nonextraction measures for maxillary intermolar distance of 47.28mm and mandibular intermolar distance of 41.1mm were approximately 3mm, 4mm greater than the extraction groups, respectively. This finding suggests that molars were

mesially positioned to a narrower and more anterior location within the arches. In contrast, Gianelly reports

that maxillary and mandibular intercanine and intermolar measures are the same with the exception of the mandibular intercanine distance. The author reported a 0.94mm wider

mandibular intercanine measure in the extraction group.21 Contrary to Gianelly, West found statistical significance with maxillary intercanine and mandibular intermolar dimensions.24 Both values were found to be West's study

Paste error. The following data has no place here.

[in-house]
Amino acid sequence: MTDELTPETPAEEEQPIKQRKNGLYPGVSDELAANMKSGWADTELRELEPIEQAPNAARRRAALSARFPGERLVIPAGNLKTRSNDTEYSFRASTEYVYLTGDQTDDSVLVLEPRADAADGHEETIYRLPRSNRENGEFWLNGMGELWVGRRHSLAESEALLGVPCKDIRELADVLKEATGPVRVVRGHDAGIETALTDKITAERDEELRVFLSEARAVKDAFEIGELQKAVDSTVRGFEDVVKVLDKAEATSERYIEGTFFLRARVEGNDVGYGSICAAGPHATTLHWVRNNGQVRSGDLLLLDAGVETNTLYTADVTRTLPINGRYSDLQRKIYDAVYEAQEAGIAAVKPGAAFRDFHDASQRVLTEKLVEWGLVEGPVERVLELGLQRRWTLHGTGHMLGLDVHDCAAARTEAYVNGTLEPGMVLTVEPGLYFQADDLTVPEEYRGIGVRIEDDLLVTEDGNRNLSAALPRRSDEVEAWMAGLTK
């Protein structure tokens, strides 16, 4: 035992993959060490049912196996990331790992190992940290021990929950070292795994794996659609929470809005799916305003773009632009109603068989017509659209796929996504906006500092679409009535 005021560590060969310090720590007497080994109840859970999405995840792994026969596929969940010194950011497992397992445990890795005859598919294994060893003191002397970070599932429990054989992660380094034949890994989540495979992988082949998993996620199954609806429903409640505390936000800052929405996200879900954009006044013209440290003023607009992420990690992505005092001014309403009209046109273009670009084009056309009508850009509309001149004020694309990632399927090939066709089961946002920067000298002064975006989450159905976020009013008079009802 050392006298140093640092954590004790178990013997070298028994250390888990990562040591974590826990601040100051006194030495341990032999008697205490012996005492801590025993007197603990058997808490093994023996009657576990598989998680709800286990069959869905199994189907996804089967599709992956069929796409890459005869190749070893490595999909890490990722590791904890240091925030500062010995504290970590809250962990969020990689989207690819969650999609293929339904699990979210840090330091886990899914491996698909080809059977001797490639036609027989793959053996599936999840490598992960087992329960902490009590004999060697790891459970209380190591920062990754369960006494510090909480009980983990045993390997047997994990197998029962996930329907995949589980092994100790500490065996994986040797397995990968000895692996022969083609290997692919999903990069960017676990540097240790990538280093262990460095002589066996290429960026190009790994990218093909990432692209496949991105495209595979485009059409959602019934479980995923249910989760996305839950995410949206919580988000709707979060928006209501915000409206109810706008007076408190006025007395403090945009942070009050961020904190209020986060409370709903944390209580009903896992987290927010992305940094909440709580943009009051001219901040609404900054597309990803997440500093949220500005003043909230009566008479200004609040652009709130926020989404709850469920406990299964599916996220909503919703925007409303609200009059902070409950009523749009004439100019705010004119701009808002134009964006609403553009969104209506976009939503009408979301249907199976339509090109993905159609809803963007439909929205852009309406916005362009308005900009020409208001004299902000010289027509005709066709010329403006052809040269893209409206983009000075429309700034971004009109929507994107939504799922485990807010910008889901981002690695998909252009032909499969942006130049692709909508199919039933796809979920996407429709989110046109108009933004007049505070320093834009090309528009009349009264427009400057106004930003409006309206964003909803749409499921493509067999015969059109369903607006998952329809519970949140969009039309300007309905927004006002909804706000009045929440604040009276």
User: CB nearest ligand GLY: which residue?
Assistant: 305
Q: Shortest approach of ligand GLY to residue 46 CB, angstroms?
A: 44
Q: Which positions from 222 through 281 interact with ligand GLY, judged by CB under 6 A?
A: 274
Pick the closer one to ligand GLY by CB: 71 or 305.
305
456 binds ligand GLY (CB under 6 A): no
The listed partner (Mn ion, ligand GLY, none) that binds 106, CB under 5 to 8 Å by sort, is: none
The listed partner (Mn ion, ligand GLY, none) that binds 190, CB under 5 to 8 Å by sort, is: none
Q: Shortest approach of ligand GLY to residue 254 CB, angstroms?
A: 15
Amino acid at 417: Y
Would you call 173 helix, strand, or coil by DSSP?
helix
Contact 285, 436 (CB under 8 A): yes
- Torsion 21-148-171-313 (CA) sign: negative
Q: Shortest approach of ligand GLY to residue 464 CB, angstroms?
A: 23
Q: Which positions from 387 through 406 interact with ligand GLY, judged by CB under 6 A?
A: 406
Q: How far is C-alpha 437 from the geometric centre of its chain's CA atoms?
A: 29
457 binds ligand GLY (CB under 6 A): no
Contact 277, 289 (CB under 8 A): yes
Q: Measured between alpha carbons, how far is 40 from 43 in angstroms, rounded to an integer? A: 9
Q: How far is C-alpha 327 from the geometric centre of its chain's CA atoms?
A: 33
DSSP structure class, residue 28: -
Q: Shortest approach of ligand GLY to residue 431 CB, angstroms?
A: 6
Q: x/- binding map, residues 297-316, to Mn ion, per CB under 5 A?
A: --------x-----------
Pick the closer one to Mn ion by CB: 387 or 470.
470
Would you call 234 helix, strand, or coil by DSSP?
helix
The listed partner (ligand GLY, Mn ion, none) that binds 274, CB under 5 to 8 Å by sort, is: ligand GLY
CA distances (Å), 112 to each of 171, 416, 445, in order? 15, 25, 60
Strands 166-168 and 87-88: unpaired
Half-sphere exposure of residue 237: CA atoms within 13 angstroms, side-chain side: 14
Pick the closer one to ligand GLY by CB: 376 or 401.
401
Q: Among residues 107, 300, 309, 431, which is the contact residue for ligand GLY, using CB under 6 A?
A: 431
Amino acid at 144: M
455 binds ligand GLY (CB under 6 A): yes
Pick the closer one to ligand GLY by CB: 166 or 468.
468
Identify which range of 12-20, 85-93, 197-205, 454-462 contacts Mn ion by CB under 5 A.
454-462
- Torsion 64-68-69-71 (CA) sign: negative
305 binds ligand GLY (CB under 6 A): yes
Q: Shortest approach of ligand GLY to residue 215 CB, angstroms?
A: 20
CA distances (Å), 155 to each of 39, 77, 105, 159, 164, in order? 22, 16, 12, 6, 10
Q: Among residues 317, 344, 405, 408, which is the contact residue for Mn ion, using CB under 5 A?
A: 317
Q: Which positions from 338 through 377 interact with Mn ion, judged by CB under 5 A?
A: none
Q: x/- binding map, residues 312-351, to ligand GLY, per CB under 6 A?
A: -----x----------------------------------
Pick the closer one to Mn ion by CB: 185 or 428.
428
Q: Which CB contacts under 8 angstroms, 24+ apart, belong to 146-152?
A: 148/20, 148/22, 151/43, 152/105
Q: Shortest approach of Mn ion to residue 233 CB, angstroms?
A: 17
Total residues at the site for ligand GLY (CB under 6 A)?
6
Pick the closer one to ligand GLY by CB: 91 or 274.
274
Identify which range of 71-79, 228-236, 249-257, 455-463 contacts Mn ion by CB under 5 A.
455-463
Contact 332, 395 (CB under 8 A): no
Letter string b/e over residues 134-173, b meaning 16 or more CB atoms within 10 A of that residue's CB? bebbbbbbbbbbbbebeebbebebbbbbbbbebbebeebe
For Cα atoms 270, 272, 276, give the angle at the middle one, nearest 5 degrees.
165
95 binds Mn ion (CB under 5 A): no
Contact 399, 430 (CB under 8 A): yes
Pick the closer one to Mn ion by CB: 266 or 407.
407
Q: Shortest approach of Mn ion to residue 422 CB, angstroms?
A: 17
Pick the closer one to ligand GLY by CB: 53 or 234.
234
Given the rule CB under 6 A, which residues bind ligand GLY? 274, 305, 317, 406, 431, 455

narrower in the serial extraction group.

investigated the effect serial extraction had on the

49

development in the transverse dimension.

The trends

observed between the current study and West's study are similar. The serial extraction group reported a lesser

value in transverse dimension than the group that had extractions performed in the permanent dentition. Similarly, this study's early extraction group had slightly lesser values than the late extraction group(figure 3.5). West attributed the smaller transverse dimension to the immediate placement of orthodontic appliances. West's

conclusions are reasonable considering our data were collected from a sample where the dentition was allowed to erupt fully before orthodontic appliances were placed. transverse arch values of this study display partial similarity to nonextraction transverse dimensions. to Figure 3.6 for comparison of transverse data. Refer The